Around this time five years ago, a charter plane waited in vain for an entire day at the domestic terminal of the Indira Gandhi International Airport to take a VIP to Goa. The VIP had a day earlier dropped out from a regular commercial flight on which he was booked to take him to a crucial meeting of his party’s national executive. Although he had a stomach bug troubling him, it was actually a sulk that steeled his resolve to not board either of the two flights.
Even though he was no longer an office bearer of the party, Lal Krishna Advani was still a member of the BJP’s important parliamentary board, the party’s national executive and election committee. He may not have remained a force-multiplier but still carried immense political clout. Support and sympathy for him, although not majority in character, still ran down the line in the party which he had almost single-handedly shepherded from being a marginal force to the fulcrum of Indian politics. His presence was urgently required at the meet which was almost certainly being held to anoint Narendra Modi as the Bharatiya Janata Party’s prime ministerial face in the impending parliamentary elections in 2014.
In Advani’s absence, Modi’s appointment, a foregone conclusion, would remain an unfinished triumph because the vacant seat would point to significant opposition within the party to Modi’s rise. Eventually, Modi was denied his coveted throne at this meeting and he had to remain satisfied with his appointment as ‘crown prince’ or chief of the party’s campaign committee for the Lok Sabha and assembly elections. After his appointment, Modi finally broke the ice after several days and tweeted: “I spoke to Advani. I am extremely grateful and honoured to get his blessings. Senior leaders have reposed faith in me and we will leave no stone unturned to help the country get rid of the Congress party.”
Five years later, none of the turbulence that preceded Modi’s rise not just within the BJP but in the entire Sangh parivar remains, and he is its unchallenged leader. It is a different matter that the absence of discordant voices does not preclude the existence of dissidence, it is just that the might of the party’s presiding duo – Narendra Modi and Amit Shah — makes potential rebels fearful for their future. Yet, and regardless of his omnipresent tight grip on the party edifice, there is a fundamental difference between that moment when it became evident that the last vestiges of opposition to Modi’s ascendance had disappeared and now.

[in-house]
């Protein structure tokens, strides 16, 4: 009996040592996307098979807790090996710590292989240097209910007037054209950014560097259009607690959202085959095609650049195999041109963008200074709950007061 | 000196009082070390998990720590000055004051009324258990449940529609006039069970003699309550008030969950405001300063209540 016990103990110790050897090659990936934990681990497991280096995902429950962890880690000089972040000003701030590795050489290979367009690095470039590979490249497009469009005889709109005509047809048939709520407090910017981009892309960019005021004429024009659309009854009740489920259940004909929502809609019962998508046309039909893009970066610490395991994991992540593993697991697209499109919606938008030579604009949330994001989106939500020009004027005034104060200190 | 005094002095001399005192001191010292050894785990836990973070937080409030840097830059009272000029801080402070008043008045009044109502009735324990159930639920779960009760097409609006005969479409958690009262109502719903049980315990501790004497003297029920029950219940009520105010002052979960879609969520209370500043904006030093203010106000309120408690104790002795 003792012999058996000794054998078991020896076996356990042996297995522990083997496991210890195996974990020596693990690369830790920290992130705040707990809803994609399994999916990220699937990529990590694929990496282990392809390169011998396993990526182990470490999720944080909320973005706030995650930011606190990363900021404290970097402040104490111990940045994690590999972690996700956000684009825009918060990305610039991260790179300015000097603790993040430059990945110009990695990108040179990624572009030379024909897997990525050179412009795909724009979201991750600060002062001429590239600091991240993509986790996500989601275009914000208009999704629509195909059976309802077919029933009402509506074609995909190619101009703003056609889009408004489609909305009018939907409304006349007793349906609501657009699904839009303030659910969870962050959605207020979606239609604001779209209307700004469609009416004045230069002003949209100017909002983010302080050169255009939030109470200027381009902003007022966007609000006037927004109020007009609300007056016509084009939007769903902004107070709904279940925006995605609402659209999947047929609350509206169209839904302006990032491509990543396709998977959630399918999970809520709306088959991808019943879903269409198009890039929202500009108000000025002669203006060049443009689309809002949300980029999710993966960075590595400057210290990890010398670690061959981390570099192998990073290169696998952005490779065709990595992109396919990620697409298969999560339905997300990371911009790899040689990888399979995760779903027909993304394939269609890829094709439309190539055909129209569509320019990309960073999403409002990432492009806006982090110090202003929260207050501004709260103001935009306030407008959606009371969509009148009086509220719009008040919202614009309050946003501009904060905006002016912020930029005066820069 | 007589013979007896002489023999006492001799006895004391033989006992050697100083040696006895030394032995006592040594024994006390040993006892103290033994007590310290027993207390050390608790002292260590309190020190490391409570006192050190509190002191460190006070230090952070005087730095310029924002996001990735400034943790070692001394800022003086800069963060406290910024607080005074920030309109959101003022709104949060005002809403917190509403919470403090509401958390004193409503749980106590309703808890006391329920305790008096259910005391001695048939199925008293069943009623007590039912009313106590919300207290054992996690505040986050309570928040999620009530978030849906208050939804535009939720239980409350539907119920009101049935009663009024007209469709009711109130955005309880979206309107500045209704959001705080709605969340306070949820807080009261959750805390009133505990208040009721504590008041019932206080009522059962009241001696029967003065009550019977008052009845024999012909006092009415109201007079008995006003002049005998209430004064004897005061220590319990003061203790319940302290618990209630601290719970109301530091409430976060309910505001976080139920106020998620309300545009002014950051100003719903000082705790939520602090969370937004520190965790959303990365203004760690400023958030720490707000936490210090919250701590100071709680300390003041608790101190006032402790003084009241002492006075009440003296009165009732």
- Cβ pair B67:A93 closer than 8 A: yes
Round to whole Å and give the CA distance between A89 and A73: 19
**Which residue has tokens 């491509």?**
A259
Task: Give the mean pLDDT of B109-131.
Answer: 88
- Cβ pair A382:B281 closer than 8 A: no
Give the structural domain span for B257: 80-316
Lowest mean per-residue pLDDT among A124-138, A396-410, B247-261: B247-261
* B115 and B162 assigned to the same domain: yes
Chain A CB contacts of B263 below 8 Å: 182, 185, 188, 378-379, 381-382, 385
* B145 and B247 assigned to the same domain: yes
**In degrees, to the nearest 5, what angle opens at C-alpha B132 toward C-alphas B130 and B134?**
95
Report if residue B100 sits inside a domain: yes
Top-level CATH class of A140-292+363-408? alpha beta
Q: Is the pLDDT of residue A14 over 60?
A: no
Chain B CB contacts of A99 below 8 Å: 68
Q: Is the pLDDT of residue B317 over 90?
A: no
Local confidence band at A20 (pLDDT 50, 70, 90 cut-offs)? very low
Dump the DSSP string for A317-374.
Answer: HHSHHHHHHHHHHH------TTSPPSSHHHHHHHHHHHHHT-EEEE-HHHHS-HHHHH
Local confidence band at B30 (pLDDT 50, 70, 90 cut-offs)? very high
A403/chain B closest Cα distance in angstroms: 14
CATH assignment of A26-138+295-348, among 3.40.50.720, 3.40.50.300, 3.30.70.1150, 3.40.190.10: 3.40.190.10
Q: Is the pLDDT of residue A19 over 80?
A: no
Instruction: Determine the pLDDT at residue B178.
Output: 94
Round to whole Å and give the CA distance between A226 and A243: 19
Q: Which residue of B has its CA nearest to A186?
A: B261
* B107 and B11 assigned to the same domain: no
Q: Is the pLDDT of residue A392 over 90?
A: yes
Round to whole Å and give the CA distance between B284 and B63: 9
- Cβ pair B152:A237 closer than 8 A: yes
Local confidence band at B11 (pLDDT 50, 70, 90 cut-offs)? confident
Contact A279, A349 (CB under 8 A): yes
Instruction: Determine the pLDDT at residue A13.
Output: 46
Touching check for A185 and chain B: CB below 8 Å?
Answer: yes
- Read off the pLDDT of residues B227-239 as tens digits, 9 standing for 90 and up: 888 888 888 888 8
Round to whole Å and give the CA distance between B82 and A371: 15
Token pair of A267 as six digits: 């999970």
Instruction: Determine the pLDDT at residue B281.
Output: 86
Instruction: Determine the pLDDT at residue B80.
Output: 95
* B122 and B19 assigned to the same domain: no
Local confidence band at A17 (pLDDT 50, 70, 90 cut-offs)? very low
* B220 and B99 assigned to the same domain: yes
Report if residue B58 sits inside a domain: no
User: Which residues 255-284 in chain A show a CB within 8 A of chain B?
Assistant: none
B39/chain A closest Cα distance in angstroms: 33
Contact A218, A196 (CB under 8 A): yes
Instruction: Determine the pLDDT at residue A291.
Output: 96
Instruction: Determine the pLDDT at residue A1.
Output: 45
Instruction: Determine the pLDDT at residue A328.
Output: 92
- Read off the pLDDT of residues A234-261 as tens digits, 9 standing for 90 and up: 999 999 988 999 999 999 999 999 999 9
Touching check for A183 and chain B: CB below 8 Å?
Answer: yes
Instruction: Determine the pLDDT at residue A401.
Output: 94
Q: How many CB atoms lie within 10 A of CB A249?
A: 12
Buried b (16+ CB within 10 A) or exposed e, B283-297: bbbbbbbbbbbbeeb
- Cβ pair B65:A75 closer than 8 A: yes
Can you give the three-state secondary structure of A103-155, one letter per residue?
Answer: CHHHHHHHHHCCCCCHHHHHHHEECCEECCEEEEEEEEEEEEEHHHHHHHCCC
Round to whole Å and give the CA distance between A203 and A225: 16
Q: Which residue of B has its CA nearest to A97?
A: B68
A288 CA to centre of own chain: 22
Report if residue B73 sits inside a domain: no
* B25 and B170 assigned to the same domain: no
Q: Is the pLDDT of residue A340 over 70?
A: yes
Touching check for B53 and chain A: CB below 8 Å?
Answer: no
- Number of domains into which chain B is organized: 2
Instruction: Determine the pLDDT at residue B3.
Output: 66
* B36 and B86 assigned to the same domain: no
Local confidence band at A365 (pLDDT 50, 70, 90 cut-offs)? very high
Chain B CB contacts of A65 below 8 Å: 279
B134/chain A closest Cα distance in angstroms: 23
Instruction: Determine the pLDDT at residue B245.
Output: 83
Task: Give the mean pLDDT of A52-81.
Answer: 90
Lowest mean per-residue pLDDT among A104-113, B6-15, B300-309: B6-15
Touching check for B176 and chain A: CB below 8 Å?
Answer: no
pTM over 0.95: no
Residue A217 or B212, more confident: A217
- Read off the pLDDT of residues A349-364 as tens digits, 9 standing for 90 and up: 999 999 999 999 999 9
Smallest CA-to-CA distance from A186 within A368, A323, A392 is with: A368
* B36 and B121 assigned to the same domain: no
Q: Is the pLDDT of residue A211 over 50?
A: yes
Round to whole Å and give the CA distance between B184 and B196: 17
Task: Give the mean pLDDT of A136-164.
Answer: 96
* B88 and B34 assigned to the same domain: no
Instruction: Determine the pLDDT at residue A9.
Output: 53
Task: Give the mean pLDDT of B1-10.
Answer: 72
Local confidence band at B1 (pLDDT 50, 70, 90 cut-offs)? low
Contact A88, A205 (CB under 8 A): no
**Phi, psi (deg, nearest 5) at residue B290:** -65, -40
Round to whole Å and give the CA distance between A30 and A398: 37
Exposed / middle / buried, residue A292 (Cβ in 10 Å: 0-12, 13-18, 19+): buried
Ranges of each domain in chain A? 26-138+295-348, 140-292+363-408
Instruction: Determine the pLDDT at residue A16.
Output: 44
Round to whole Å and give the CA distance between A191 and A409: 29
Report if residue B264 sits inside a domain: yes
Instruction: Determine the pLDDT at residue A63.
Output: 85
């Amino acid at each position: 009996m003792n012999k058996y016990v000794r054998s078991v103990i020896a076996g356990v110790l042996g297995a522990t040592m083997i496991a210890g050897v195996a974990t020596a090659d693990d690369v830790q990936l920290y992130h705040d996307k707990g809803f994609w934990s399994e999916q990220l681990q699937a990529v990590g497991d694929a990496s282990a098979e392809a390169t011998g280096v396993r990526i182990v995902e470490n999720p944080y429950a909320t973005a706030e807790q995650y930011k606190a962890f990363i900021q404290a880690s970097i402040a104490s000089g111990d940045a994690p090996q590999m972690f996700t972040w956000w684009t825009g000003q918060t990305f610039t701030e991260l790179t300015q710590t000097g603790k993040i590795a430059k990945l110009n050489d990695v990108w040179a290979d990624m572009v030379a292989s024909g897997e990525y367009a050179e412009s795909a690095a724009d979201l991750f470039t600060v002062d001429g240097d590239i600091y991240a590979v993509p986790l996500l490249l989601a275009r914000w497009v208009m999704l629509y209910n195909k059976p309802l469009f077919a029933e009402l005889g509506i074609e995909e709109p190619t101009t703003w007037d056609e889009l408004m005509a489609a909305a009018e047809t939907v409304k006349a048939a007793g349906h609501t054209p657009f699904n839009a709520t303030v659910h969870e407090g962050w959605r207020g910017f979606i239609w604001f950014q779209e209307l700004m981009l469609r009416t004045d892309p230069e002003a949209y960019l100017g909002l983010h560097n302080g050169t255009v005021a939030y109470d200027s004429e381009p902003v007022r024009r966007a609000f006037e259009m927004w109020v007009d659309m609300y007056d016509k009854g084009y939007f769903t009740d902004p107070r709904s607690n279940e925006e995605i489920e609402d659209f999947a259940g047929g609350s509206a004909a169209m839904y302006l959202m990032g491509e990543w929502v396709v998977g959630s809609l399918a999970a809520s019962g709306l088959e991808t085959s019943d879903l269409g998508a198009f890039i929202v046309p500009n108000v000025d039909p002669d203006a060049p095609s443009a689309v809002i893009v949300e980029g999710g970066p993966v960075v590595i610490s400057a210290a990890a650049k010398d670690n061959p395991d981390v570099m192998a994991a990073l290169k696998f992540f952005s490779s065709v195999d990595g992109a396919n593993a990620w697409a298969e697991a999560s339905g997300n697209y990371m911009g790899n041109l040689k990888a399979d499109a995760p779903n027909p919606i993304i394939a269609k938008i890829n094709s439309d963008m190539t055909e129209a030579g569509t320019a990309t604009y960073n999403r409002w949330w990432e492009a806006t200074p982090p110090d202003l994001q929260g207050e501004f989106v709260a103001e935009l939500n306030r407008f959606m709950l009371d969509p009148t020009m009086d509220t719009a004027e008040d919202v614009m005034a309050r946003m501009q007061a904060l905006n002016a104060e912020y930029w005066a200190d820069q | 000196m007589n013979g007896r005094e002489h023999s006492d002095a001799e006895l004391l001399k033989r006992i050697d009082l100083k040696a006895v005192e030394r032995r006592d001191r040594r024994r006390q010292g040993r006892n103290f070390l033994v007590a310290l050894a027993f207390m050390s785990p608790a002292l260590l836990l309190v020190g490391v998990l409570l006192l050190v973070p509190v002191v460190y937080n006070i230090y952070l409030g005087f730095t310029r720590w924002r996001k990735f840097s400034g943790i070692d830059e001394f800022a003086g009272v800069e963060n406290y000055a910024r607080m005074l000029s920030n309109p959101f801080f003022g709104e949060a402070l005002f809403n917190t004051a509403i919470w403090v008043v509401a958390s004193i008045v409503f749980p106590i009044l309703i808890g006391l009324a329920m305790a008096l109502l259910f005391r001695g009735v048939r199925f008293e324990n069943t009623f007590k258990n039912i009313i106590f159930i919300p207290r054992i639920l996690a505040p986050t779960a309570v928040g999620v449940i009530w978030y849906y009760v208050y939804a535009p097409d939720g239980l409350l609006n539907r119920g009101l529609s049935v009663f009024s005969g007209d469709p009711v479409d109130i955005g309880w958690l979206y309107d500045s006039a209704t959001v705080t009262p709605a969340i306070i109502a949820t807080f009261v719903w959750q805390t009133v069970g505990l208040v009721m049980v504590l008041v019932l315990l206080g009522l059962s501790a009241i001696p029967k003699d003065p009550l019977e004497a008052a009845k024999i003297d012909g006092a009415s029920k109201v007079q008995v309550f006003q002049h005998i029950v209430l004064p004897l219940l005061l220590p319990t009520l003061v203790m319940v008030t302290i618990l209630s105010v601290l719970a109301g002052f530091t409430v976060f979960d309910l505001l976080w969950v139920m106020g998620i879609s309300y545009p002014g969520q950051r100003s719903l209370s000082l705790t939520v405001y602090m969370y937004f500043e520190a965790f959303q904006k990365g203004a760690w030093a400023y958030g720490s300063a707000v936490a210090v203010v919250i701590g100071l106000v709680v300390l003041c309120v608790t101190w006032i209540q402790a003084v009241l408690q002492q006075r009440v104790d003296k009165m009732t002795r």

In 2013, much before Modi was formally named as the BJP’s electoral centrepiece or mascot, there was an air of imminence to his becoming prime minister. The certainty of 2013 is conspicuous by its absence in 2018. In 2013, there was no doubt about the character of the BJP’s electoral plank and what would be the issues the party would emphasise on. In 2018, there is still little clarity on the talking points with which Modi would go to the voters.
Five years ago, there were signs of a wave generating in Modi’s favour. Now, the situation has turned on its head and the BJP can only hope that the emerging opposition bonhomie does not fashion itself into single-opposition candidates in 400 plus Lok Sabha seats. It is for Modi and his supporters to ponder over reasons behind the air of uncertainty that has enveloped much of the government and ruling party’s actions.
But purely for reasons of its mesmerising character, the story of how Modi incredulously overcame objections within the Sangh parivar and secured national and international acceptance before securing the people’s mandate needs retelling. It remains a telling testimony to how a single man forced the organisational steel of RSS into accepting him on his terms. Developments in those significant months demonstrate frailty of the Sangh parivar and underscores that despite an emphasis on value-based politics, it remains susceptible to compulsions of realpolitik. In this rise and rise of Modi from pariah to political superstar, the Goa meeting of the national executive was an important watershed.
The first indication that Modi was the rising star on the Indian political firmament came ironically not from an Indian quarter. Instead, it was the UK which signalled that it was time to end the suspension of ties with the man then once shunned when the British high commissioner in India, James Bevan, travelled to Gandhinagar and met Modi, then still chief minister and busy with campaigning for the assembly elections that elected him for the third time.
A fortnight after taking oath as Gujarat’s chief minister for the fourth time in December 2012, Modi travelled to New Delhi for the Pravasi Bharatiya Divas and had a quiet unpublicised lunch with EU ambassadors at the German ambassador’s residence. Much before even the Sangh parivar had formally endorsed his candidature, countries the world over had begun courting Modi, making it evident that his quest for global acceptance had ended.